What do you do if your spacecraft is 10 days away from Pluto and reboots itself, dumping all the computer code needed to perform the experiments scientists have spent the past ten years crafting?
If you are lucky, you call Alice Bowman, Mission Operations Manager for the New Horizons mission to Pluto, and in three days she and her team put humpty-dumpty back together again. The New Horizons spacecraft failed to collect one set of data due to the fact there was no time to get it, that data was scheduled to collect on the days Bowman and her team were sending the information to the probe and there was no way to do both at the same time.
Sometime the right person is in the right place at the right time. July 4th, 2015 was one of those times. What exactly did the probe lose when it rebooted?
According to ALAN STERN & DAVID GRINSPOON in their book Chasing New Horizons: Inside the Epic First Mission to Pluto, the probe lost the, “Core load. This was the long command script that New Horizons would follow to execute its many hundreds of scientific observations during the nine days surrounding closest approach and flyby. Aptly named, this exhaustively tested command script would literally perform the core of the mission, and its faithful transmission and execution would direct New Horizons through every twist and turn, every computer memory assignment, every communication with Earth, every camera shot, and so forth.”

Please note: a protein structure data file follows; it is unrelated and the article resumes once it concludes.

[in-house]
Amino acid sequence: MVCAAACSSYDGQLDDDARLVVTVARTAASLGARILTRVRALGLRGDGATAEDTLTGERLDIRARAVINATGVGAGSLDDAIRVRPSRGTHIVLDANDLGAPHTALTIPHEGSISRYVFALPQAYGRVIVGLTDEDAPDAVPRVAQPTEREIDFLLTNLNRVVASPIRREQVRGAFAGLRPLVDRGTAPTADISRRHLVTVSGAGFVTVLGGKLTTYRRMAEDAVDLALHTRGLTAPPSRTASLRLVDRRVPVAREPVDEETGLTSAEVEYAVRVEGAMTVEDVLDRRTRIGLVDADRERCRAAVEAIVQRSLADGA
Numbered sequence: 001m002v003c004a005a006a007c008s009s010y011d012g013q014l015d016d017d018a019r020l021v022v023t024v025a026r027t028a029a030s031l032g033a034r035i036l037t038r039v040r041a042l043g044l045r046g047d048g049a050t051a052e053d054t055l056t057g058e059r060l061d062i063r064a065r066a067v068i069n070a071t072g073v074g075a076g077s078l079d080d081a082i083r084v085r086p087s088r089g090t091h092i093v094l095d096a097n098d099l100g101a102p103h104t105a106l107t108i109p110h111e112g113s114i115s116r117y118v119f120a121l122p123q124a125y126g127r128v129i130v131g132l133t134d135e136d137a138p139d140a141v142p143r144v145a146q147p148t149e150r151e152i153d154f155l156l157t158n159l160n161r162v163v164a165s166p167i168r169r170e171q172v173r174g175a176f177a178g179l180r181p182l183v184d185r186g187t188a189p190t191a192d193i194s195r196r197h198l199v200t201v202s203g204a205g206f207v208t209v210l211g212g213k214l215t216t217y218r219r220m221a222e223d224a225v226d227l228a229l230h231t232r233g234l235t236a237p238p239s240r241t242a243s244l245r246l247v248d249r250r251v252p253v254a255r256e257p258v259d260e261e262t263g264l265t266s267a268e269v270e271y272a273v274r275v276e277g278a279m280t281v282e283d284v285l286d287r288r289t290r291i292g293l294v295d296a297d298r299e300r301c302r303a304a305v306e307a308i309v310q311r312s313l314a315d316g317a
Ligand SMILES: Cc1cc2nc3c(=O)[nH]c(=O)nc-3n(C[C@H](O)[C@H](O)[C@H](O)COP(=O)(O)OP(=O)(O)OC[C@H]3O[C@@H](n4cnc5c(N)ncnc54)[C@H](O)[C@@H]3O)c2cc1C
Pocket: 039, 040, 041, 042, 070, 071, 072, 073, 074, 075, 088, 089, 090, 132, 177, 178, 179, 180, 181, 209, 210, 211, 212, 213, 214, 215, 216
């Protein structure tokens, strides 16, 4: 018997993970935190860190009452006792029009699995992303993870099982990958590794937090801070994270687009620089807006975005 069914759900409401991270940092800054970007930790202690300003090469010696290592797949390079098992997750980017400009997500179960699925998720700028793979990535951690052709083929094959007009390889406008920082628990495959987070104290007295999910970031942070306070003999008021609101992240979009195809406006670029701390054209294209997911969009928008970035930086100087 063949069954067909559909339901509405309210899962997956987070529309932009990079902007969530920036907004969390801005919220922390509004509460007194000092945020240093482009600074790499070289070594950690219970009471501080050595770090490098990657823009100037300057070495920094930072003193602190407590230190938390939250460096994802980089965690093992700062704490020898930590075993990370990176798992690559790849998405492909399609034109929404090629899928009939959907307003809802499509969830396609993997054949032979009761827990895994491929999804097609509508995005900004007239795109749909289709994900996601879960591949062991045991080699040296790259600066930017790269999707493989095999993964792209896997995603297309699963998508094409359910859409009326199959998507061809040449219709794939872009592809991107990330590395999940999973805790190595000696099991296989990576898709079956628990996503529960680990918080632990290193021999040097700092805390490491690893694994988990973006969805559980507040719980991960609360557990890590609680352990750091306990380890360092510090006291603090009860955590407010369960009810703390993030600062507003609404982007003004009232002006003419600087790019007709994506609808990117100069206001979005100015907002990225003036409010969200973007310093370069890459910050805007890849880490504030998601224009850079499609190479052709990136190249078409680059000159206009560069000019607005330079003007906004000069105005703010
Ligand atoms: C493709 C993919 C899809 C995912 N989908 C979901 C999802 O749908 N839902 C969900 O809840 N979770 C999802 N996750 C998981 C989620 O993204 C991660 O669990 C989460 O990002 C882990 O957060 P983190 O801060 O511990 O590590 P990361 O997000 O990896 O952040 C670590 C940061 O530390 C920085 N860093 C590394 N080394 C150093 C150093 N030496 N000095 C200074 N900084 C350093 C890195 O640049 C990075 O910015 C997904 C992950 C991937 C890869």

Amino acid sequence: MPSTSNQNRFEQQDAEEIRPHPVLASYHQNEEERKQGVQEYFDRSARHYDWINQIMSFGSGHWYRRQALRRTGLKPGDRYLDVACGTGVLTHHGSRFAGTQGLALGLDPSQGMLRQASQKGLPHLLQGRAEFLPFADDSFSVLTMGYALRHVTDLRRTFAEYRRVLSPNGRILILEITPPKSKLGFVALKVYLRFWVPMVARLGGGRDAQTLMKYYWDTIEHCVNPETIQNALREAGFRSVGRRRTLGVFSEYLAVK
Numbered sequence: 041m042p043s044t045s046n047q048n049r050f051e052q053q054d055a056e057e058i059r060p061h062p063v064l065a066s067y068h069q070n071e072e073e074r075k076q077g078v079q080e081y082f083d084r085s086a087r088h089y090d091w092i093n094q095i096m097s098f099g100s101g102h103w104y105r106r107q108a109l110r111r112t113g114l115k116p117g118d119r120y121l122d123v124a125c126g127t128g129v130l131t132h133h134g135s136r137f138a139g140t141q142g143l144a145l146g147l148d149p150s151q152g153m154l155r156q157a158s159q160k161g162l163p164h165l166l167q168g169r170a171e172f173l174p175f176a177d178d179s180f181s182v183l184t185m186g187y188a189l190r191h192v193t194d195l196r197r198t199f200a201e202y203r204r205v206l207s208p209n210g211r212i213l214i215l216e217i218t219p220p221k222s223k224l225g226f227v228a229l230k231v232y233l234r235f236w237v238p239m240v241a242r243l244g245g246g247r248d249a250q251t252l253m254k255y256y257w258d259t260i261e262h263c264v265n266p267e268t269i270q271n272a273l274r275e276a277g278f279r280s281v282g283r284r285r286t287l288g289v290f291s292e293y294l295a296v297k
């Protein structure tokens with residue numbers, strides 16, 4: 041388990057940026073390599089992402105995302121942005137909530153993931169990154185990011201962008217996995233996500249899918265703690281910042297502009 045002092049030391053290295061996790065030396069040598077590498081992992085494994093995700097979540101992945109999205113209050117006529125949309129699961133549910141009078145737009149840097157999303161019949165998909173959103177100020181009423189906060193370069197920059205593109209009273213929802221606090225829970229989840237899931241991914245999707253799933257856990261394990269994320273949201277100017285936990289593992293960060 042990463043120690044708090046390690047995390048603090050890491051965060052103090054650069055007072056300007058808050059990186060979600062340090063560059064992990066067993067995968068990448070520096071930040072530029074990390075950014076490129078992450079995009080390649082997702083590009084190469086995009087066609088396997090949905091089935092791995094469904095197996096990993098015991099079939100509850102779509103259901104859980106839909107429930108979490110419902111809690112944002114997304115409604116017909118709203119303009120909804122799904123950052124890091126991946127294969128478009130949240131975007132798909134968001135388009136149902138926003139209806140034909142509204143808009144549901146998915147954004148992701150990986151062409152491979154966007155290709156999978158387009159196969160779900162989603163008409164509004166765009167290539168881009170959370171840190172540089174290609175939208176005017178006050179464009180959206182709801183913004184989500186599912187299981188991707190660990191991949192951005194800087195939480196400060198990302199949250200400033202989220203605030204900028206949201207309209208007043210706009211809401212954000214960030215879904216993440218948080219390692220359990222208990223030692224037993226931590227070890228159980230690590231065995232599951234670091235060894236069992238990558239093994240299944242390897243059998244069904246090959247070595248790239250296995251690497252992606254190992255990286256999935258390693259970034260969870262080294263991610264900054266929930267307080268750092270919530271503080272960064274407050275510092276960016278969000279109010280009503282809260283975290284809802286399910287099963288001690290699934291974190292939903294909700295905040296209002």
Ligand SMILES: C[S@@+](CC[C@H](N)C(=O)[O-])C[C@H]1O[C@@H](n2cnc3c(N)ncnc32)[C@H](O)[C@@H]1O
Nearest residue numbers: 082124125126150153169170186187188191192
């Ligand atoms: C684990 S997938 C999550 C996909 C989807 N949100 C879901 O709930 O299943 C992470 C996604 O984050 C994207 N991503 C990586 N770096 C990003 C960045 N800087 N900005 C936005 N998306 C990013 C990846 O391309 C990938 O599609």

So the central reason the probe had been sent out to Pluto in the first place, a trip that took 9 years to complete, would be left undone. Unless the team could do in three days what they had before taken months to do.
And with Bowman in the lead, they did.